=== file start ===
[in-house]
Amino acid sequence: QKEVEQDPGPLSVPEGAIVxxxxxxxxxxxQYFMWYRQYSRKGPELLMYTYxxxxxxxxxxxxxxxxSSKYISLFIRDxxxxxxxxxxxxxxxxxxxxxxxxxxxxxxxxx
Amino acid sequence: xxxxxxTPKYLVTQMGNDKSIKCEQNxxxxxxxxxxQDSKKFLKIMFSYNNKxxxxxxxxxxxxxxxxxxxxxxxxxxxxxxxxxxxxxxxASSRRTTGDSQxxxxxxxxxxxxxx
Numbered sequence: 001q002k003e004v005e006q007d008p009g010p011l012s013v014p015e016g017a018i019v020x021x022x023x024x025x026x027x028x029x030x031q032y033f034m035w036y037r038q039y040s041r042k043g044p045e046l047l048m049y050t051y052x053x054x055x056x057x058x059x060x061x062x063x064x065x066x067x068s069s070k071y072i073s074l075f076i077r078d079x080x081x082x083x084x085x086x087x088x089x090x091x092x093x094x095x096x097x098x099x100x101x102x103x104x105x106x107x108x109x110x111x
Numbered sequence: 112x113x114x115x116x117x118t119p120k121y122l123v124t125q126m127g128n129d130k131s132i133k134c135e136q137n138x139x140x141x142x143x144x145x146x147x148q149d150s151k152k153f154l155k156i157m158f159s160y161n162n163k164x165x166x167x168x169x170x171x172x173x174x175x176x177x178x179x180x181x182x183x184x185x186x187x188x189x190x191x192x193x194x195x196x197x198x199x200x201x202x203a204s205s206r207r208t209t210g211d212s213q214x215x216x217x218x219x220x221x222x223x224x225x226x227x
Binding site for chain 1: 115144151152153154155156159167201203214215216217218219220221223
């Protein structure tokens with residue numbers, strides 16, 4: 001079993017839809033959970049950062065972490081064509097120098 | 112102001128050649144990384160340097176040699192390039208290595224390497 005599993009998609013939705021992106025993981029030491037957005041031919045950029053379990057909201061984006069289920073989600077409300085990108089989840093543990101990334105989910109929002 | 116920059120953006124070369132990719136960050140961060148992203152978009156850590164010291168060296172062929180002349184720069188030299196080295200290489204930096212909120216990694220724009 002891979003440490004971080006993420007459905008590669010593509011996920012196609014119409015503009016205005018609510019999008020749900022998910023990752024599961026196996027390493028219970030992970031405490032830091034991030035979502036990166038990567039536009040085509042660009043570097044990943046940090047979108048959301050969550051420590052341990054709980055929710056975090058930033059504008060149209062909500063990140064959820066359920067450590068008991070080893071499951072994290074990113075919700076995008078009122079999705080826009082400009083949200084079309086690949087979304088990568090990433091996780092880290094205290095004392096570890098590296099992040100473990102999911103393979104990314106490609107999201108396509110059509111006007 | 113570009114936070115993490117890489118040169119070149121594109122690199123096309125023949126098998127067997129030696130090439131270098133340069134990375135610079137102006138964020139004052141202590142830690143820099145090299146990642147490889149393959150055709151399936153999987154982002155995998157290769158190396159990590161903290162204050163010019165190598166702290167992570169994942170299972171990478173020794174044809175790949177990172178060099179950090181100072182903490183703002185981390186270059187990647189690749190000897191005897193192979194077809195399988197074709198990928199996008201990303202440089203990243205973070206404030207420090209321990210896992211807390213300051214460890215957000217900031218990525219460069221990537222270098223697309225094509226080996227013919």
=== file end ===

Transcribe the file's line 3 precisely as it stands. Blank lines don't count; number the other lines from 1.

Amino acid sequence: xxxxxxTPKYLVTQMGNDKSIKCEQNxxxxxxxxxxQDSKKFLKIMFSYNNKxxxxxxxxxxxxxxxxxxxxxxxxxxxxxxxxxxxxxxxASSRRTTGDSQxxxxxxxxxxxxxx